The Skywalker Saga and Why the Latest Trilogy Kicks Ass

*Major Spoiler Alerts*

2 days later and I’m still thinking about the Rise of Skywalker (2019) screening. (Yes, I’m late to the game. It’s hard to get out to the cinema when you have a small infant.) I’m not going to sit here and tell you that there AREN’T any flaws. Every work has areas where it can improve. Yes, there are pacing issues, and character development isn’t as nuanced as it could be. But really, I think *some* of these complaints are a bit out of place for a movie that is trying to encapsulate an epic narrative within 2-2.5 hours. (More on my thoughts of the Epic and Star Wars here.)

This might be an unpopular opinion, but I think The Rise of Skywalker is brilliant in its subtly. All along, the story that the last three movies have been trying to tell us is that of Leia’s. Leia is the most important Skywalker. She is the Last of the Jedi.

Let’s go back to episode VII (The Force Awakens, 2015), where Luke doesn’t appear on screen until the very final moments of the movie; and, when he does appear, he has no lines. Yes, the story is all about anticipating his arrival. But, at the climatic moment, his entrance on to the screen achieves nothing.

This continues in episode VIII (The Last Jedi, 2018) as Luke is reluctant to return to the story. And even when he does, he manages to do it without leaving his hermitage, through astral projection only. Meanwhile, we have Leia throughout the three movies as the head of the rebellion. She’s The General, leader of the Resistance. While Luke is passive and inert, Leia acts.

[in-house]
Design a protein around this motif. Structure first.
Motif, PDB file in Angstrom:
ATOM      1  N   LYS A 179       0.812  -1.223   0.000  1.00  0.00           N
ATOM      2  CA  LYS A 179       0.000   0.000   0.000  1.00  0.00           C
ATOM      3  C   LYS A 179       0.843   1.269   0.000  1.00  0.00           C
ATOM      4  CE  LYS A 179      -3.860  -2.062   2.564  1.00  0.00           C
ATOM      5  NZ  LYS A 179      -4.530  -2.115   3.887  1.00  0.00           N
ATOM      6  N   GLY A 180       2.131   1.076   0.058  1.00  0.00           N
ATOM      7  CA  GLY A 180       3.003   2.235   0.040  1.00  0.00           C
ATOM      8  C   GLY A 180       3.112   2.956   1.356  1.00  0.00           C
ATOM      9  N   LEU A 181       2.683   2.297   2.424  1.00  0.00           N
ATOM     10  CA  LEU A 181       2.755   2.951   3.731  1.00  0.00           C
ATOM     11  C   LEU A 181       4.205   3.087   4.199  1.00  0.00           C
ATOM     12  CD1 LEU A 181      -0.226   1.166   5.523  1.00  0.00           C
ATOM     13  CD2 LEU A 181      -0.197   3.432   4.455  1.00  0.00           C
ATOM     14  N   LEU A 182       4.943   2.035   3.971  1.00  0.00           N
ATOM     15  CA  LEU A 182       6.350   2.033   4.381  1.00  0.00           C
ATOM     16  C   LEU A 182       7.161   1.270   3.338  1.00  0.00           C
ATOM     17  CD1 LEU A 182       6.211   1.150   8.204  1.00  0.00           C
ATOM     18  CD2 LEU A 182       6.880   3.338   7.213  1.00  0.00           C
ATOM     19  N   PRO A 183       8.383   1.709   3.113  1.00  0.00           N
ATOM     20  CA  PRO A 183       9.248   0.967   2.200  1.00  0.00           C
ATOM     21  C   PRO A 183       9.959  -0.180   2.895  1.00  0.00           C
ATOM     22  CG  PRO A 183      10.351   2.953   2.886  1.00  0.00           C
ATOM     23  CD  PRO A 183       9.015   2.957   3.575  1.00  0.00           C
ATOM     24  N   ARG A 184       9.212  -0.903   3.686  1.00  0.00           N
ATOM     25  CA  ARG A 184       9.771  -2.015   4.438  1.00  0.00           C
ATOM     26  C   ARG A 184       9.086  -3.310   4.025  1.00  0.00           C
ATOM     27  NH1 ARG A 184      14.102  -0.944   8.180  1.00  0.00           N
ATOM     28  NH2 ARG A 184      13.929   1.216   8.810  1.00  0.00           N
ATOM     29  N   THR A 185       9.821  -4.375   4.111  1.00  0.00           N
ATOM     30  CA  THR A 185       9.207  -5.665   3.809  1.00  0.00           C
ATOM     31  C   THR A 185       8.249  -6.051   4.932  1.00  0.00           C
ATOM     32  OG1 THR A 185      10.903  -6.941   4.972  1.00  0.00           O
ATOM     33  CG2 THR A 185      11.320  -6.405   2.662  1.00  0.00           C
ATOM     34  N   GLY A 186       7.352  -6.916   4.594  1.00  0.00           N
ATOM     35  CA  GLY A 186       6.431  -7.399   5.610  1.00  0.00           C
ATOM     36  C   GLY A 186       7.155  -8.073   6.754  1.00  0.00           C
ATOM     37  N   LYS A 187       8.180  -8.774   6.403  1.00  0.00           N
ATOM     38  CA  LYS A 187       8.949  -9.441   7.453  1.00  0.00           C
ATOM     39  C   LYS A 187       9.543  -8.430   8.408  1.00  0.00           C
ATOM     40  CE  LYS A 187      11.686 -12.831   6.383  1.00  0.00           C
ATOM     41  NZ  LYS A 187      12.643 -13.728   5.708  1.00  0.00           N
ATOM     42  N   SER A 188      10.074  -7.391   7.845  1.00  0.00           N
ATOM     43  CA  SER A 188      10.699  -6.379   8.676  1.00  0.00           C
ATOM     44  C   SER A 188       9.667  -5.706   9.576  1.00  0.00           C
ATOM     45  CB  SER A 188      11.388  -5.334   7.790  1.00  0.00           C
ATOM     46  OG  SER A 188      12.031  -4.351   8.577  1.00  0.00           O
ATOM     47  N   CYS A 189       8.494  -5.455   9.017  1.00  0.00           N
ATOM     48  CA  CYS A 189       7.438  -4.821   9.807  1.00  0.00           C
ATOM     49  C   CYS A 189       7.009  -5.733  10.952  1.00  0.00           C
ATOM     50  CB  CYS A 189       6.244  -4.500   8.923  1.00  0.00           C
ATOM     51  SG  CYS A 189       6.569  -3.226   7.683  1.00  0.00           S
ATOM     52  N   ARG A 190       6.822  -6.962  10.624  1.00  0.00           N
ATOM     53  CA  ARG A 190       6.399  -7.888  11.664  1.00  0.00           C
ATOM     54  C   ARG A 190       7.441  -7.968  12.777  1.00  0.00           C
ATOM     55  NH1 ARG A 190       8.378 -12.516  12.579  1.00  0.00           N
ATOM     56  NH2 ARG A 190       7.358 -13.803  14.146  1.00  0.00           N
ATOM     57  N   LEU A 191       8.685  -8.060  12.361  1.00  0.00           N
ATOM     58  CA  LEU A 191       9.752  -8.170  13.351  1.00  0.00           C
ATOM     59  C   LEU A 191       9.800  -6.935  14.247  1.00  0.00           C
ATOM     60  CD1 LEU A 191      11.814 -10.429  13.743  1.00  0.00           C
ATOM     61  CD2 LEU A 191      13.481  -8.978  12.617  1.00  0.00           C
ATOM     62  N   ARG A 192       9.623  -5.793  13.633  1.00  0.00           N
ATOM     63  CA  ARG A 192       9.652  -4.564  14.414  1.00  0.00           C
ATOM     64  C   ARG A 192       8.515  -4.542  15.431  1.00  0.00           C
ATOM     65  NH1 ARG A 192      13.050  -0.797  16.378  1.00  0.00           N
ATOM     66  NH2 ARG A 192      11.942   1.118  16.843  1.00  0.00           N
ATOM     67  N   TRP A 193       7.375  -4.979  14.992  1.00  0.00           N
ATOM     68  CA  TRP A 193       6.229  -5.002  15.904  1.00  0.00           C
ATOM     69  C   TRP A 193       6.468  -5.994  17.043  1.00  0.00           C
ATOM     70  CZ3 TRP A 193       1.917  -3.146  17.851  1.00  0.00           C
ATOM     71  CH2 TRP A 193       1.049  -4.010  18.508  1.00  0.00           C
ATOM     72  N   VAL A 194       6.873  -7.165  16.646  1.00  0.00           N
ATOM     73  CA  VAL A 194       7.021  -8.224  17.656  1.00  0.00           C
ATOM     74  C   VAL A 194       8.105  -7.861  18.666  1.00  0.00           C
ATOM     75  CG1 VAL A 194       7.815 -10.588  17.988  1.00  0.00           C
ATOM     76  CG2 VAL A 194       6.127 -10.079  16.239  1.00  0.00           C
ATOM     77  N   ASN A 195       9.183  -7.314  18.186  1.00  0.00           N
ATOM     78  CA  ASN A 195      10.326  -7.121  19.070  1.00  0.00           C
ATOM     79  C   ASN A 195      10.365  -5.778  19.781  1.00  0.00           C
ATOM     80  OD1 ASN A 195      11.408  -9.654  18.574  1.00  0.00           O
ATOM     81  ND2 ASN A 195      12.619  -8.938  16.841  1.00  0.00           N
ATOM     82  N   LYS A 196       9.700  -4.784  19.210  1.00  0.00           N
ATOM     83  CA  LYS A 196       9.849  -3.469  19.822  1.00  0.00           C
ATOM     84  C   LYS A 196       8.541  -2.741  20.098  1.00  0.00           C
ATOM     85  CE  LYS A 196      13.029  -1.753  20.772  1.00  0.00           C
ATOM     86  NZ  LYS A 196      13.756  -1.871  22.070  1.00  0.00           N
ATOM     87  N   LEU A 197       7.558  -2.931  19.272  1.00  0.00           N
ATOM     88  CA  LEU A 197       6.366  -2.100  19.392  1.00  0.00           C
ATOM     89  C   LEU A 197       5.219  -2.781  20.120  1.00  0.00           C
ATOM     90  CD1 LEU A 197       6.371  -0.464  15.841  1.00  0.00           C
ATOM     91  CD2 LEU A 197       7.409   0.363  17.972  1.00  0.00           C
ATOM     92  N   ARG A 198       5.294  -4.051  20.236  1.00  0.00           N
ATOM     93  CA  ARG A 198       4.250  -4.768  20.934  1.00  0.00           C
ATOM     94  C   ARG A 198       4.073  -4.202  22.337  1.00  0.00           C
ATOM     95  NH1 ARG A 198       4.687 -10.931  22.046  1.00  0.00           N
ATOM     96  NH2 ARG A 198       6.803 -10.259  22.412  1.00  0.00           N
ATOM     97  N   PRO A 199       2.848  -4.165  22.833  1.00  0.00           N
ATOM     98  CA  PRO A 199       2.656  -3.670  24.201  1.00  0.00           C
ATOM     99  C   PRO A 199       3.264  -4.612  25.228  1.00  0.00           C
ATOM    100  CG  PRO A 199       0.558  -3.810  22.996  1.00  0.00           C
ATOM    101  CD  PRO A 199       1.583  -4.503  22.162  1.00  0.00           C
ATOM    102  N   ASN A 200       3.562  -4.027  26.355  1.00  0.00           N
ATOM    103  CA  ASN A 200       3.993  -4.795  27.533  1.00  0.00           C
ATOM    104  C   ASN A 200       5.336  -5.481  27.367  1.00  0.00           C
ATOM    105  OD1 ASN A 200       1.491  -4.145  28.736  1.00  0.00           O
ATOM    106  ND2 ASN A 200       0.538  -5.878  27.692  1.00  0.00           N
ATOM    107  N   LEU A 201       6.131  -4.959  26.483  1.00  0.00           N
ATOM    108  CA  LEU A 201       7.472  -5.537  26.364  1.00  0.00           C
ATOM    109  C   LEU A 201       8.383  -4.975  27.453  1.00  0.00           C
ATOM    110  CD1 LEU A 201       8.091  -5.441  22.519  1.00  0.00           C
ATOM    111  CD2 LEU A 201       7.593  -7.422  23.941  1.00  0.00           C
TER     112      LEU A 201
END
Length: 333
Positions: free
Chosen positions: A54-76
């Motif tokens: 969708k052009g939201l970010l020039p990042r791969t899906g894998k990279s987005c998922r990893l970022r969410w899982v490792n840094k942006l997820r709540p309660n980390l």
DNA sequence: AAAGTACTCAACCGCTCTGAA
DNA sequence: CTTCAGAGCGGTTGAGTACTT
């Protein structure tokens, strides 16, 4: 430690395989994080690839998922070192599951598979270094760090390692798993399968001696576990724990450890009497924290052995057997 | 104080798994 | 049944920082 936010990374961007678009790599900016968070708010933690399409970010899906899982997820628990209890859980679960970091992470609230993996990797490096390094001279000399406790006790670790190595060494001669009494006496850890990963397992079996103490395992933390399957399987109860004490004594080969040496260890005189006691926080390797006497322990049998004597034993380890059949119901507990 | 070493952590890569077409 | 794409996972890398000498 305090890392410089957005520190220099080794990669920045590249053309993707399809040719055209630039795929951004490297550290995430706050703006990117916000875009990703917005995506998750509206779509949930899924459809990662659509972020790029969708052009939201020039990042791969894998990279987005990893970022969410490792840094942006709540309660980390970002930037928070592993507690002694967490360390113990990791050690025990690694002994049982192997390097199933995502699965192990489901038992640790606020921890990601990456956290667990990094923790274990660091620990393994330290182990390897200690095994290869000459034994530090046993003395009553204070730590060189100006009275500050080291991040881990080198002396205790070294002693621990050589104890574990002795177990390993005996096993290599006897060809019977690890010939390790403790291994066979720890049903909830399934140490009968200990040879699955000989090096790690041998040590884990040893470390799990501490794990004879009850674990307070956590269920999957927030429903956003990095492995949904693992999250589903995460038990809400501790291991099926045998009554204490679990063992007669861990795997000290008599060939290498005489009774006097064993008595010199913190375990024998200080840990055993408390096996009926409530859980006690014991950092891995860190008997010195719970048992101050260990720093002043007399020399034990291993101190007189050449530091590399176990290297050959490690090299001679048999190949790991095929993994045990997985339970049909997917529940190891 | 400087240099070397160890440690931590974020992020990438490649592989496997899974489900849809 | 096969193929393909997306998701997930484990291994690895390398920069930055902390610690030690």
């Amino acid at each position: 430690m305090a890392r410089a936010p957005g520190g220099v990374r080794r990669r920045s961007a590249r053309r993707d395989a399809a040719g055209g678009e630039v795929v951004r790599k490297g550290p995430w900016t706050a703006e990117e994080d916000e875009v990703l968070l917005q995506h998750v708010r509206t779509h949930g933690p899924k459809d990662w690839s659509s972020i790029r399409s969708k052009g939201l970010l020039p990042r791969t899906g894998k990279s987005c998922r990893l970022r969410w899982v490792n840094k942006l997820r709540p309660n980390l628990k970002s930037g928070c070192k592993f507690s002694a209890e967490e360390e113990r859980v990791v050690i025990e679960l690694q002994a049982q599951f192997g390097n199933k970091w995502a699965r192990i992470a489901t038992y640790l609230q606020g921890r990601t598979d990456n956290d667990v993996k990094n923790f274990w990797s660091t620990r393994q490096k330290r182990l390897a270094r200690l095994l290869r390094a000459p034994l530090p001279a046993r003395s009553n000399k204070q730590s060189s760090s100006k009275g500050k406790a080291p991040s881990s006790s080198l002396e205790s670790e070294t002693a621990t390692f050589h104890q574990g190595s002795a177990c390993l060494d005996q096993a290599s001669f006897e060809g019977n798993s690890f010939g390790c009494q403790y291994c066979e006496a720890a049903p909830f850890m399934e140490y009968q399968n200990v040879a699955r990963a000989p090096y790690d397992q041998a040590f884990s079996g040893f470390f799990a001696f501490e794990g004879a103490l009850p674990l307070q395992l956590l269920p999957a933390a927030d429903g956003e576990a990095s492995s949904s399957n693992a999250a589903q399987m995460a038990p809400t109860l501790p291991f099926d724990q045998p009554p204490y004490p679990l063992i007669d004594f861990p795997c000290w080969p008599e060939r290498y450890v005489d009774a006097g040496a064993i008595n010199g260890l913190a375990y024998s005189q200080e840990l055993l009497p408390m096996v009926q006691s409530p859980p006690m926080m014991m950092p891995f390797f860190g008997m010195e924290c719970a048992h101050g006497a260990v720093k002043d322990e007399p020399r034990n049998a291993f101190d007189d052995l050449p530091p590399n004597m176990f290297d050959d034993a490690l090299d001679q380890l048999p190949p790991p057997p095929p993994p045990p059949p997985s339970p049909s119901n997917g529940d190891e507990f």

And remember the moment in The Last Jedi where Leia survives by using the Force. (Who didn’t hold their breath and breathe with her?). It was there all along, The Last Jedi isn’t Luke. Even after he’s gone, there’s another trained Jedi in the rebellion.

While Leia’s training isn’t mentioned until the final installment, this story, Leia’s story, is hinted at all the way back in episode V (The Empire Strikes Back, 1980) when Luke abandons his training (launching him toward a path to the Dark Side) and Obi-Wan states that “all hope is lost”. Yoda replies that “no, there is another.” The word “hope” of course evokes the title of the episode IV (A New Hope, 1977), which, I would argue, is also about Leia’s journey more than Luke. She brought hope to the Resistance, more than Luke does. This idea is enhanced by the final words of Rogue One (2016), when Leia responds to the question “what is it?” (i.e the data package just handed to her) with “hope”.

The Rise of Skywalker fulfills the potential of Yoda’s cryptic words. It’s not only that Leia is another Skywalker, Luke’s twin, and has the potential to bring back the balance. It’s that she does, on her own merits (i.e not through her relationship to a patriarchal figure). She organizes a resistance with a movement and message so powerful that no single man can hope to take her place. (The exchange between Poe and Finn on Kef Bir and then again at the rebel base really drives this home.)

So while there have been a number of criticisms launched at the new trilogy complaining that we’re still stuck on “the Skywalker story” with all the events of the universe boiling down to a family feud, I’d argue that there is so much more depth to this simplified narrative. The Skywalker Saga (which is what I will be henceforth referring to it as for the rest of my days) is not just about balance, the Force, and a decades long war against the tyrannies of government. It’s also about one woman’s strength; a woman who had the mind and heart to keep a resistance together for decades, even after her entire family (brother, son, and partner) walks out on her.

What a brilliant message to end the series on.